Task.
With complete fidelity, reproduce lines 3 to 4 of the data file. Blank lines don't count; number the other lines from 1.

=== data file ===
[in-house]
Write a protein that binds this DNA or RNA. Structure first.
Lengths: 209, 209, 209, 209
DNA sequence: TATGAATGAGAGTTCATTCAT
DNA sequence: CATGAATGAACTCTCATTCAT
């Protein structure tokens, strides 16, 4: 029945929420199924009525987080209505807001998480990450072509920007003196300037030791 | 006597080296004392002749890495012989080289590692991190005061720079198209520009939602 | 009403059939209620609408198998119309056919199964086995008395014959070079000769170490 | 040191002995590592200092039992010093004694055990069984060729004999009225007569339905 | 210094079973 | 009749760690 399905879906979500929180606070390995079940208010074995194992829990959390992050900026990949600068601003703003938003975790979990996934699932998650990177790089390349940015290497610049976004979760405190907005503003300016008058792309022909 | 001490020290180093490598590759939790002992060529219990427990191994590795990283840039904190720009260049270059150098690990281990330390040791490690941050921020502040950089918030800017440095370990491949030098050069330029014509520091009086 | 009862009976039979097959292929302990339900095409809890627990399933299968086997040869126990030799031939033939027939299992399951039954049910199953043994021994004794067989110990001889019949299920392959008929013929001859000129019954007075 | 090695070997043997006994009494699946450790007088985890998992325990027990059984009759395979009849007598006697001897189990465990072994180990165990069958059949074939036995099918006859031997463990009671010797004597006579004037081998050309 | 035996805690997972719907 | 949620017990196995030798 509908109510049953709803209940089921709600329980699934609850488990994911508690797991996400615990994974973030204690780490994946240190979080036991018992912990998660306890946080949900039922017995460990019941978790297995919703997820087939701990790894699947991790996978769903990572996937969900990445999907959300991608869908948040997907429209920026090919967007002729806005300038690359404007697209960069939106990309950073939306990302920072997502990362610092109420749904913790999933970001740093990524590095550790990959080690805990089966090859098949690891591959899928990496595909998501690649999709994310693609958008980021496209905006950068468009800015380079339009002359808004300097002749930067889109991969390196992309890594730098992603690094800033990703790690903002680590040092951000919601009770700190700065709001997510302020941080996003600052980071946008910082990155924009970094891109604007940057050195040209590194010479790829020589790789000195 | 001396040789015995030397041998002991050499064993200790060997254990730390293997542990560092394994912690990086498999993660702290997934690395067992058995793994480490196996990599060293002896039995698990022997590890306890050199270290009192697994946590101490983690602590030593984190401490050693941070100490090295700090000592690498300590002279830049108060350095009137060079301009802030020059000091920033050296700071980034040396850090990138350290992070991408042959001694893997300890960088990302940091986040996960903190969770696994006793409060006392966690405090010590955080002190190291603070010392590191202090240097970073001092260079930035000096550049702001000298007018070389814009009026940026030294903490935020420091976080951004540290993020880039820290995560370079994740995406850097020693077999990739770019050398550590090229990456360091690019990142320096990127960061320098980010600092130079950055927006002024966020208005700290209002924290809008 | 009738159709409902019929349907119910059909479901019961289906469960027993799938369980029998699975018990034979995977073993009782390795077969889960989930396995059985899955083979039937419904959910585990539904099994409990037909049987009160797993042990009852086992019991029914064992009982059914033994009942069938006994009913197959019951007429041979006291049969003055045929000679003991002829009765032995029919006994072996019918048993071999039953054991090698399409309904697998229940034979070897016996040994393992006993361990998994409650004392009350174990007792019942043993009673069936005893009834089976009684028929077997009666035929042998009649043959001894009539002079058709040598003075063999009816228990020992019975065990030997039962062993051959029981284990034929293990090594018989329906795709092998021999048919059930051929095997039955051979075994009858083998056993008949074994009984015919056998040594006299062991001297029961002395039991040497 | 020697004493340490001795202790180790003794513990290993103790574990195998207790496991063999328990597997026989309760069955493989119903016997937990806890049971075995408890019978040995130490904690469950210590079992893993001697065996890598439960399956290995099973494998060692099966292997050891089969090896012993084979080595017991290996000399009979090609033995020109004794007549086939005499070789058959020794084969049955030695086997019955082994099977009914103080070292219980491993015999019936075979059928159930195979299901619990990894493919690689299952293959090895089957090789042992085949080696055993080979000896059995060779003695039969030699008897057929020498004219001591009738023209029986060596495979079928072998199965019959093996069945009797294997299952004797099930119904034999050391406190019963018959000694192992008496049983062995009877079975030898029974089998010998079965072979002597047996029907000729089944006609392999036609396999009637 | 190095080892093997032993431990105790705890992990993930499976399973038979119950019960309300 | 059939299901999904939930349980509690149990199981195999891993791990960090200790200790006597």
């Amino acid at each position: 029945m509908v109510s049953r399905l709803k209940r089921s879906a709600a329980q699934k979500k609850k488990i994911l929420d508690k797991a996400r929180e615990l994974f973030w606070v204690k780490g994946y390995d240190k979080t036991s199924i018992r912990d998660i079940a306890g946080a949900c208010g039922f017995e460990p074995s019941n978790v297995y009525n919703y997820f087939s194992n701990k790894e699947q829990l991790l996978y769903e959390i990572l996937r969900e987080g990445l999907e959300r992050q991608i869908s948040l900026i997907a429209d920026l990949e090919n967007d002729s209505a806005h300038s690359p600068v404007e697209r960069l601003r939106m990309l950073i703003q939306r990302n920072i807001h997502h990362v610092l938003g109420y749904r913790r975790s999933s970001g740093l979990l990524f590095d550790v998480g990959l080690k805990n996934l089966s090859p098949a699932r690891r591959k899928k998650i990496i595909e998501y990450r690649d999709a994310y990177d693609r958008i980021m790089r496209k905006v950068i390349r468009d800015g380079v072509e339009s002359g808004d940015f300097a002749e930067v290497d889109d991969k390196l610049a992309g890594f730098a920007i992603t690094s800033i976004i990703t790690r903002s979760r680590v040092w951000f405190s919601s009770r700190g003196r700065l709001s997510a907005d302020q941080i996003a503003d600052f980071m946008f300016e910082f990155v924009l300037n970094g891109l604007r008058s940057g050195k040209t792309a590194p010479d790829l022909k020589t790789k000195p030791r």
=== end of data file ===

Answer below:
Lengths: 209, 209, 209, 209
DNA sequence: TATGAATGAGAGTTCATTCAT